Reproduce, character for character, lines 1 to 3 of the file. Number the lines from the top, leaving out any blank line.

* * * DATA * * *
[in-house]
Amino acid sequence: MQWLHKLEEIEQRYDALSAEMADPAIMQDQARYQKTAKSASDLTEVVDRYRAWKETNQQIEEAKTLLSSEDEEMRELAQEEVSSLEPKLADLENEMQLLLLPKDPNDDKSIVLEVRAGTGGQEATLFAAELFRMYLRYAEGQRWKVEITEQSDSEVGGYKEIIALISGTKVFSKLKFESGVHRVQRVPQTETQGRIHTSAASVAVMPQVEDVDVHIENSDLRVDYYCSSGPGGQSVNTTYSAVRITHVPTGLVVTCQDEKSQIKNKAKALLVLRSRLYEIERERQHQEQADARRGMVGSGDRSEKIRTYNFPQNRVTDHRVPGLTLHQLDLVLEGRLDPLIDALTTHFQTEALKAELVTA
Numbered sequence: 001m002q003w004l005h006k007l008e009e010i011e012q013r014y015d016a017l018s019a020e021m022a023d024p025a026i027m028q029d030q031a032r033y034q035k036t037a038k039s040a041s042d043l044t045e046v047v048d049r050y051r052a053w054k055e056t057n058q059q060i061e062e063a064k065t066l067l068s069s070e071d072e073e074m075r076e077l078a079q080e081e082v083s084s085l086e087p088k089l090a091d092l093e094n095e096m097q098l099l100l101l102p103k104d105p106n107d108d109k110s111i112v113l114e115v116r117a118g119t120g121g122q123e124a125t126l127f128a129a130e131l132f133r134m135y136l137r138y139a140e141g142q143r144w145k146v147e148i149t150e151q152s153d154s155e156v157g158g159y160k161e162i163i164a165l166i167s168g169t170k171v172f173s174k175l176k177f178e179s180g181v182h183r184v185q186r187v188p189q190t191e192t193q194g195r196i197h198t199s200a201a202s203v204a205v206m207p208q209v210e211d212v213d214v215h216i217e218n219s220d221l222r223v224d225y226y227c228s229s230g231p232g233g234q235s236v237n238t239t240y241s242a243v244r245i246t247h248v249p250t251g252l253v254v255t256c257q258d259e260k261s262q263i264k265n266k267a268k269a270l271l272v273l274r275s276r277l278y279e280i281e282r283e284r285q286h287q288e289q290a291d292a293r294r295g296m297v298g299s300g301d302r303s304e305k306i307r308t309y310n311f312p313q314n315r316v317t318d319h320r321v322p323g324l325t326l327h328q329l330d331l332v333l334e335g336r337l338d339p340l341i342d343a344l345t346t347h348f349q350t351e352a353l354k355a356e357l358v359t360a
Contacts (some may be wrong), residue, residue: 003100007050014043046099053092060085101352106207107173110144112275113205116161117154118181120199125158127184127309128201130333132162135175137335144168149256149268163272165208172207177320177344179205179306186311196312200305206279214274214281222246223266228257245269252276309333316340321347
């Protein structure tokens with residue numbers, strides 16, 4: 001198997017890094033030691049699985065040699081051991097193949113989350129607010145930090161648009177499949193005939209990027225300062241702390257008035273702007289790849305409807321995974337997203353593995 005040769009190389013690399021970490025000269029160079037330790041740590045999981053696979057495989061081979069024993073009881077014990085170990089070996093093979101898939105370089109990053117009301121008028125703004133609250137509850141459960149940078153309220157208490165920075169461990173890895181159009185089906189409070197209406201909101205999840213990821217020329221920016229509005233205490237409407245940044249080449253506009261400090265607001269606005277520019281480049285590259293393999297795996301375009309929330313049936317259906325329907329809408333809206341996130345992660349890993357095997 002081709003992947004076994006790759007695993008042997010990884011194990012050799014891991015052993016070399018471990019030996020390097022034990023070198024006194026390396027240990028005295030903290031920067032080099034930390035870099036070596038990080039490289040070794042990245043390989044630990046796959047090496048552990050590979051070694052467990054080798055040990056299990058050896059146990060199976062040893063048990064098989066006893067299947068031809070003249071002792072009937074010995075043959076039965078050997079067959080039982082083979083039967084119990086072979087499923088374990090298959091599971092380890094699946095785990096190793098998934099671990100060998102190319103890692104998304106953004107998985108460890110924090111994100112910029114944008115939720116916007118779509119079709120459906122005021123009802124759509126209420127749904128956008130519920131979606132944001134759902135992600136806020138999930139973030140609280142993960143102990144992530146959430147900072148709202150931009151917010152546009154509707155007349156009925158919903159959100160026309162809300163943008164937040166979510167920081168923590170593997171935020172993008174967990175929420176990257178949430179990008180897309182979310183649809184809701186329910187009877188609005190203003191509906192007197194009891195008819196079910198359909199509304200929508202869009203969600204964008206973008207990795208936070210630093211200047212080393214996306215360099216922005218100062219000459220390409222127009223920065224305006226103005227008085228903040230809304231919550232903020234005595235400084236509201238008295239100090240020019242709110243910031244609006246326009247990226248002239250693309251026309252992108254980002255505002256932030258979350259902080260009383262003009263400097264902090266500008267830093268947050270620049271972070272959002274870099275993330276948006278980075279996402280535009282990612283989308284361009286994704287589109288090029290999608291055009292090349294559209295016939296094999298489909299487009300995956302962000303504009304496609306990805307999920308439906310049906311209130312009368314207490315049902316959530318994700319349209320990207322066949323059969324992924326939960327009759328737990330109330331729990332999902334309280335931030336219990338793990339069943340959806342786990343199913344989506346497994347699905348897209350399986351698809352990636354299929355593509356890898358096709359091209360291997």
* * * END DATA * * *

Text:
[in-house]
Amino acid sequence: MQWLHKLEEIEQRYDALSAEMADPAIMQDQARYQKTAKSASDLTEVVDRYRAWKETNQQIEEAKTLLSSEDEEMRELAQEEVSSLEPKLADLENEMQLLLLPKDPNDDKSIVLEVRAGTGGQEATLFAAELFRMYLRYAEGQRWKVEITEQSDSEVGGYKEIIALISGTKVFSKLKFESGVHRVQRVPQTETQGRIHTSAASVAVMPQVEDVDVHIENSDLRVDYYCSSGPGGQSVNTTYSAVRITHVPTGLVVTCQDEKSQIKNKAKALLVLRSRLYEIERERQHQEQADARRGMVGSGDRSEKIRTYNFPQNRVTDHRVPGLTLHQLDLVLEGRLDPLIDALTTHFQTEALKAELVTA
Numbered sequence: 001m002q003w004l005h006k007l008e009e010i011e012q013r014y015d016a017l018s019a020e021m022a023d024p025a026i027m028q029d030q031a032r033y034q035k036t037a038k039s040a041s042d043l044t045e046v047v048d049r050y051r052a053w054k055e056t057n058q059q060i061e062e063a064k065t066l067l068s069s070e071d072e073e074m075r076e077l078a079q080e081e082v083s084s085l086e087p088k089l090a091d092l093e094n095e096m097q098l099l100l101l102p103k104d105p106n107d108d109k110s111i112v113l114e115v116r117a118g119t120g121g122q123e124a125t126l127f128a129a130e131l132f133r134m135y136l137r138y139a140e141g142q143r144w145k146v147e148i149t150e151q152s153d154s155e156v157g158g159y160k161e162i163i164a165l166i167s168g169t170k171v172f173s174k175l176k177f178e179s180g181v182h183r184v185q186r187v188p189q190t191e192t193q194g195r196i197h198t199s200a201a202s203v204a205v206m207p208q209v210e211d212v213d214v215h216i217e218n219s220d221l222r223v224d225y226y227c228s229s230g231p232g233g234q235s236v237n238t239t240y241s242a243v244r245i246t247h248v249p250t251g252l253v254v255t256c257q258d259e260k261s262q263i264k265n266k267a268k269a270l271l272v273l274r275s276r277l278y279e280i281e282r283e284r285q286h287q288e289q290a291d292a293r294r295g296m297v298g299s300g301d302r303s304e305k306i307r308t309y310n311f312p313q314n315r316v317t318d319h320r321v322p323g324l325t326l327h328q329l330d331l332v333l334e335g336r337l338d339p340l341i342d343a344l345t346t347h348f349q350t351e352a353l354k355a356e357l358v359t360a